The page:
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workplace performance



Now more than ever companies need an employee-centered workplace strategy. To provide employees a safe, sustainable, and adaptive workplace ecosystem is what fuels and fosters space evolution and employee loyalty.
Navigating the why’s and how’s of developing such a strategy has a plethora of nuances and considerations; however, there are a few fundamental understandings that can help companies craft a truly employee-centered workplace strategy.
Here are 5 reasons you need an employee-centered workplace strategy and how they each affect your future-of-work.



It’s estimated that nine out of 10 employees are still concerned with how the pandemic could affect themselves and their families. Events like Covid happen and companies must always make strides to continually enhance the safety of their workspace ecosystem.

With that in mind–and regarding your workplace strategy–it’s important to reassess and ask:

  • How do we clean and maintain our real estate portfolio–what service model(s) do we have in place to ensure the cleanliness of our spaces are held at the highest level
  • How do we design healthy, physical space–what structural mechanisms do we have in place to enable a physically healthy environment Social distancing, proper HVAC systems, etc.
  • How do our spaces care for the whole human what can we do as a culture to address psychological health and safety?
9 out of 10

employees are still concerned about Covid.


You need to have the right mechanisms to ensure physical safety–i.e., desk reservation systems and proper cleaning protocols based on the intensity of use. This is the first thing you can do to ease the safety concerns of employees as they transition back to the office.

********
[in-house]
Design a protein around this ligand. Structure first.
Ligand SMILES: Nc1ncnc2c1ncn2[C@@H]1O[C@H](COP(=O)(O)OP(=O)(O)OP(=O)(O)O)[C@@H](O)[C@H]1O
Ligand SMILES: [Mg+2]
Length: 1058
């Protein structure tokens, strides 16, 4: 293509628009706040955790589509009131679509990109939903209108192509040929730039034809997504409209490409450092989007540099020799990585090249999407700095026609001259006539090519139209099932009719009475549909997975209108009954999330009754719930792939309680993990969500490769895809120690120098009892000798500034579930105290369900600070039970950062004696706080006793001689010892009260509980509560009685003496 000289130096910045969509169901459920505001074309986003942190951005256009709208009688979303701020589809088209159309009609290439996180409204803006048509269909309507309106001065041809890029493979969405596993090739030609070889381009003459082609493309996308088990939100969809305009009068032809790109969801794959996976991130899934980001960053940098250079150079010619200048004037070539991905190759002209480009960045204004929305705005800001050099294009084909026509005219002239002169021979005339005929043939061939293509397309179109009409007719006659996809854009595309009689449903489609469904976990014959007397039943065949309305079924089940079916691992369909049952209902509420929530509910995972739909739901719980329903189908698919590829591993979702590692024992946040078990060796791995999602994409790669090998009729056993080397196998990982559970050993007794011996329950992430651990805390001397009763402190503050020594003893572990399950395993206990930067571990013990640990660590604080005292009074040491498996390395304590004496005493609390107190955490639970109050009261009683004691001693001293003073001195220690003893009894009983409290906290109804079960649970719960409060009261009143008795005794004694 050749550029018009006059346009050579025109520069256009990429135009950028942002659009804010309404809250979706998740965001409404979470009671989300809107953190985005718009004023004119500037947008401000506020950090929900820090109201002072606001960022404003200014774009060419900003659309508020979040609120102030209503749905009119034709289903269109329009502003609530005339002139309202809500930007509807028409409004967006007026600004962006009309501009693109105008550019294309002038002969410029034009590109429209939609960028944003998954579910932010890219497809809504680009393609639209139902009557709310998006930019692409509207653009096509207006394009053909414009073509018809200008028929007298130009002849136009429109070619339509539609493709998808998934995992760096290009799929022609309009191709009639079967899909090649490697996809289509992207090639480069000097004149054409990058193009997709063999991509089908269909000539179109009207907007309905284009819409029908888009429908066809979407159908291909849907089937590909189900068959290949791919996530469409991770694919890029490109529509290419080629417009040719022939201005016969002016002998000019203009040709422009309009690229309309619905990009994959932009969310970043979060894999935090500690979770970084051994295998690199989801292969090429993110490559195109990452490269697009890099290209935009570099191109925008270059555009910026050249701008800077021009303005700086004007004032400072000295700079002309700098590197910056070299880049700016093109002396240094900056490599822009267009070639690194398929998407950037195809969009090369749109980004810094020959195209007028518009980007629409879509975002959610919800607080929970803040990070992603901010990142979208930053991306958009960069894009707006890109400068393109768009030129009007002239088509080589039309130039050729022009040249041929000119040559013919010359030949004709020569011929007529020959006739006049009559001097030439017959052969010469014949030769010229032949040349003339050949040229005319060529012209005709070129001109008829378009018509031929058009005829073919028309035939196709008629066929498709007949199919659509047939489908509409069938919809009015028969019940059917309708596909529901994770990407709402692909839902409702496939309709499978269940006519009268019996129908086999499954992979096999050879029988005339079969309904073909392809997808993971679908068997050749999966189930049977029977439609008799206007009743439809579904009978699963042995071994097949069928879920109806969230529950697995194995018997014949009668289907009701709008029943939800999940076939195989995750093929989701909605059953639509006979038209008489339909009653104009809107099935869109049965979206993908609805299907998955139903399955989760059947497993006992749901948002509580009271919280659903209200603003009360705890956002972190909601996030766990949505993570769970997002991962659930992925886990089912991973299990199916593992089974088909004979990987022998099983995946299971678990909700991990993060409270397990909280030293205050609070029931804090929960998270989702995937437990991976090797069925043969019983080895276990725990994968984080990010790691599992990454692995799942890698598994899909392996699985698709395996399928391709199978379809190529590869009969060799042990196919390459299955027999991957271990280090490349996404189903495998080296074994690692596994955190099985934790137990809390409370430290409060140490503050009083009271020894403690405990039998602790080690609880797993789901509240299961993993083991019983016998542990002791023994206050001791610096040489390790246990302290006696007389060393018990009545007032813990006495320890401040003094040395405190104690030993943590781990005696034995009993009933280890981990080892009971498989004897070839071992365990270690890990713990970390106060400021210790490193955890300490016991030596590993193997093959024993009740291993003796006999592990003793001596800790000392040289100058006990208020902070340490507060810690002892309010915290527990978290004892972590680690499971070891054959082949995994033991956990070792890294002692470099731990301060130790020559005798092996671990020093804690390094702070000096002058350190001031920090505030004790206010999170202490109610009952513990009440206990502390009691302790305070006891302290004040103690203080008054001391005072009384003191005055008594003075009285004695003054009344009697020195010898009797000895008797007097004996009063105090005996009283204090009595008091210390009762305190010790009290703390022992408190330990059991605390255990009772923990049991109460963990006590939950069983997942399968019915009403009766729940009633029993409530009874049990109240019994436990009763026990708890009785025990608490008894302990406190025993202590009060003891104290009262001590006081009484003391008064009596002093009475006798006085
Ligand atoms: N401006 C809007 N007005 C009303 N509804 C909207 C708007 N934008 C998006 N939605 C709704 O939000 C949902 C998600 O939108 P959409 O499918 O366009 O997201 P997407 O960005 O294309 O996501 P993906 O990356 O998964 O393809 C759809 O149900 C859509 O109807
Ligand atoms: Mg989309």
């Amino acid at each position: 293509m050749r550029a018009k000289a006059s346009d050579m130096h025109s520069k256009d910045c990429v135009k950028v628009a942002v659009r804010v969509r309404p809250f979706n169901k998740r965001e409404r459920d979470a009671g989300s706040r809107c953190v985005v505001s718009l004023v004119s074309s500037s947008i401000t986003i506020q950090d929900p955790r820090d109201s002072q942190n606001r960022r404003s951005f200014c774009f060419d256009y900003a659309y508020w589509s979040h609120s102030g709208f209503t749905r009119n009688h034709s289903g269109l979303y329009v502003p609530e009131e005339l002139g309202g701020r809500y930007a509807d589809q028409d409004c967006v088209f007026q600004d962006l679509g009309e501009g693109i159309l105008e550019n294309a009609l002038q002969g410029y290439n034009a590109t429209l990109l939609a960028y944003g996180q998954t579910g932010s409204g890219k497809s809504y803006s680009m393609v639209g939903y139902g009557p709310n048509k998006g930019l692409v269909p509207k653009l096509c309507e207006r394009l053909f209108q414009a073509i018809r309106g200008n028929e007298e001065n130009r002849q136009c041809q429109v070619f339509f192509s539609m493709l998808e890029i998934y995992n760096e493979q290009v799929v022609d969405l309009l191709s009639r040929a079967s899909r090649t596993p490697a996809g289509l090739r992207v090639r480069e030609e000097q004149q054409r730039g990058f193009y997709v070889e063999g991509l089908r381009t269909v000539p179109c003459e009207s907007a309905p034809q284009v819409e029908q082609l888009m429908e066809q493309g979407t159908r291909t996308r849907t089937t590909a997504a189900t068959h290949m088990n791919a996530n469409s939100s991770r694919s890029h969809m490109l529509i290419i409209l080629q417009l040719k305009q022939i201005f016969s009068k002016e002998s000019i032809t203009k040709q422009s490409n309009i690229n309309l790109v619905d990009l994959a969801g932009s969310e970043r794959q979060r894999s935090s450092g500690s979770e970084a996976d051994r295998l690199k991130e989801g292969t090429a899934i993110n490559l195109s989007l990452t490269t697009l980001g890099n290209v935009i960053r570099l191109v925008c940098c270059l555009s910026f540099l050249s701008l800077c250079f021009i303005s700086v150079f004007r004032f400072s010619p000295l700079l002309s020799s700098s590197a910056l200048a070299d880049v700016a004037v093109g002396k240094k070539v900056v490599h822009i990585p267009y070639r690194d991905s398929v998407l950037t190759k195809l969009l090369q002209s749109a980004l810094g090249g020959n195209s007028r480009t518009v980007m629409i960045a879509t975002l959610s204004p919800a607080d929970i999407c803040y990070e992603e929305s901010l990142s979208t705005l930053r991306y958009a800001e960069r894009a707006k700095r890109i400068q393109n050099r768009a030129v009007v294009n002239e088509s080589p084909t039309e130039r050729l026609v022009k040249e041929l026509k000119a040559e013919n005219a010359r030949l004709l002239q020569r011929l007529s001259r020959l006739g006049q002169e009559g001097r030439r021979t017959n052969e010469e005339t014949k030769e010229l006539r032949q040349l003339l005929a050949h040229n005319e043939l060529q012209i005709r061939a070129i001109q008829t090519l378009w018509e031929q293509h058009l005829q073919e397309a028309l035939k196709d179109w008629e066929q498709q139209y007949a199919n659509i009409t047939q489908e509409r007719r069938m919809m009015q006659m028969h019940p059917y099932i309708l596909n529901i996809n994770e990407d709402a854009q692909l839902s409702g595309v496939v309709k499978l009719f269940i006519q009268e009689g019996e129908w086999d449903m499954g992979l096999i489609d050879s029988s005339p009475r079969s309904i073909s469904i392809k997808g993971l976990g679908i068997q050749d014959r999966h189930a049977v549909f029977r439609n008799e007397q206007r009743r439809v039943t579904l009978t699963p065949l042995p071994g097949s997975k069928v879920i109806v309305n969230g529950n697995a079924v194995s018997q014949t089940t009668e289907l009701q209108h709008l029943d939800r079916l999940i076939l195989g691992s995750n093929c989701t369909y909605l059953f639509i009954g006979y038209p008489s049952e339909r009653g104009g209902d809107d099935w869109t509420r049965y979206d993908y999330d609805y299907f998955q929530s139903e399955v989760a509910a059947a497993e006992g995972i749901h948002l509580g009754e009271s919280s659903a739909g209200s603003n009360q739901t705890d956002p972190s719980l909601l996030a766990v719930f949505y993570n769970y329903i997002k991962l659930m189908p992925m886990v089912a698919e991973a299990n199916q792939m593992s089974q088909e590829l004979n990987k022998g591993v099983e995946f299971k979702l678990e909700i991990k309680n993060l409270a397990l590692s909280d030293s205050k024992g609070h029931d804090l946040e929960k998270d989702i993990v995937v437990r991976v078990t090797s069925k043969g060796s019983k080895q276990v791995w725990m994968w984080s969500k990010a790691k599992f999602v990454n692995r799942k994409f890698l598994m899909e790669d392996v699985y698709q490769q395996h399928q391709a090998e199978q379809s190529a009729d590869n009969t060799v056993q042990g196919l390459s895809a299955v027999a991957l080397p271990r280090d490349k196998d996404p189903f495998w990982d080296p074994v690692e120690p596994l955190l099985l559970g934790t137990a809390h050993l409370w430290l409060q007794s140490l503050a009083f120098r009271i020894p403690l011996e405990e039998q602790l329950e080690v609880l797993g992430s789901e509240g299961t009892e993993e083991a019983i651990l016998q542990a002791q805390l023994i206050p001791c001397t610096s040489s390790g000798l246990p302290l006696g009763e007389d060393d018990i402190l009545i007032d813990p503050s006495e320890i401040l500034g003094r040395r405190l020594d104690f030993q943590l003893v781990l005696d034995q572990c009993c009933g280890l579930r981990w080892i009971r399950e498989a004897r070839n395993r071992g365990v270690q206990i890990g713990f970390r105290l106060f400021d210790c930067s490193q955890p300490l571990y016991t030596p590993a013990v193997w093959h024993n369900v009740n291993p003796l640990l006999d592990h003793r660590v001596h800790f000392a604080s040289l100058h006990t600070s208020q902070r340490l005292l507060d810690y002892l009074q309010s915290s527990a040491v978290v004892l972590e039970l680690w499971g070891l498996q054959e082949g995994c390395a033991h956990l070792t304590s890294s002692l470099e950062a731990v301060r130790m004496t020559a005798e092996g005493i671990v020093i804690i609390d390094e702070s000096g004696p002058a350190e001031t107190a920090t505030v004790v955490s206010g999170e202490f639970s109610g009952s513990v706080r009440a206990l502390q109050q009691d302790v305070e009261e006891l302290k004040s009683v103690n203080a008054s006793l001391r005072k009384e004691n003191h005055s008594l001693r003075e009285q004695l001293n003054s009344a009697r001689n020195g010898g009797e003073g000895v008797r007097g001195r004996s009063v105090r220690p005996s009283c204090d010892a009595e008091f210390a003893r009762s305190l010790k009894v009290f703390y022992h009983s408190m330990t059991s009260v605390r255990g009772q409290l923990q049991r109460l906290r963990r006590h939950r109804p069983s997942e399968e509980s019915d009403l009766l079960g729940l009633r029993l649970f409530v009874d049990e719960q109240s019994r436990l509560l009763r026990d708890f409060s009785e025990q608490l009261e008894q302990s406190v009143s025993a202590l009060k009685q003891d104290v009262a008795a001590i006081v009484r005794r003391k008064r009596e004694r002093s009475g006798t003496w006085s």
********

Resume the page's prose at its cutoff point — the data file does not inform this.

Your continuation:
Furthermore, tools such as an employee experience app can address the above:

  • Reserve desks, meeting space, and mental health rooms
  • Wayfinding/office maps
  • Show the frequency in which surfaces and places are cleaned
  • Engage in transparent communications between the org and individual

The second consideration is psychological safety–and while this is complex, spaces can be an effective place to start as a vehicle for establishing trust and providing comfortability. Spaces with approachable color palettes, soft services, warm lighting, plants, and natural materials are all ways to make a space comfortable. When spaces are comfortable, people are more inclined to feel a sense of trust. 

New eras require new solutions. This is where Saltmine comes in.

The benefits of trust between company and employee:

  • Increases productivity
  • Enables collaboration
  • Fosters creativity and innovation
  • Enables conflict resolution



When it comes to your physical offices and various types of workspaces, an unoptimized real estate portfolio has costly implications–both financially and in terms of the environment.
It is estimated that office space is vacant and goes unused 55% of the time and the impact commercial buildings have on the environment are more steep than you may think.
According to the US Office of Energy Efficiency and Renewable Energy, in the US alone, commercial spaces “generate 826 million metric tons of carbon dioxide emissions” per year–30% of which comes from energy that is wasted.
Even by conservative estimates, it’s safe to say that “bloated” real estate portfolios contribute millions upon millions of dollars to wasted corporate spend, all while having a substantial impact on corporate emissions.
Sustainability is increasingly central to business strategy. With more and more companies signing carbon net zero pledges, it’s becoming important to invest in solutions that are sustainable. From carbon offsetting to green capital expenditures, CRE teams are in a unique position to support companies GHG reduction targets.


The first step in how to optimize your real estate portfolio is truly understanding which spaces are being used–robust utilization tracking will reveal how much space you actually need.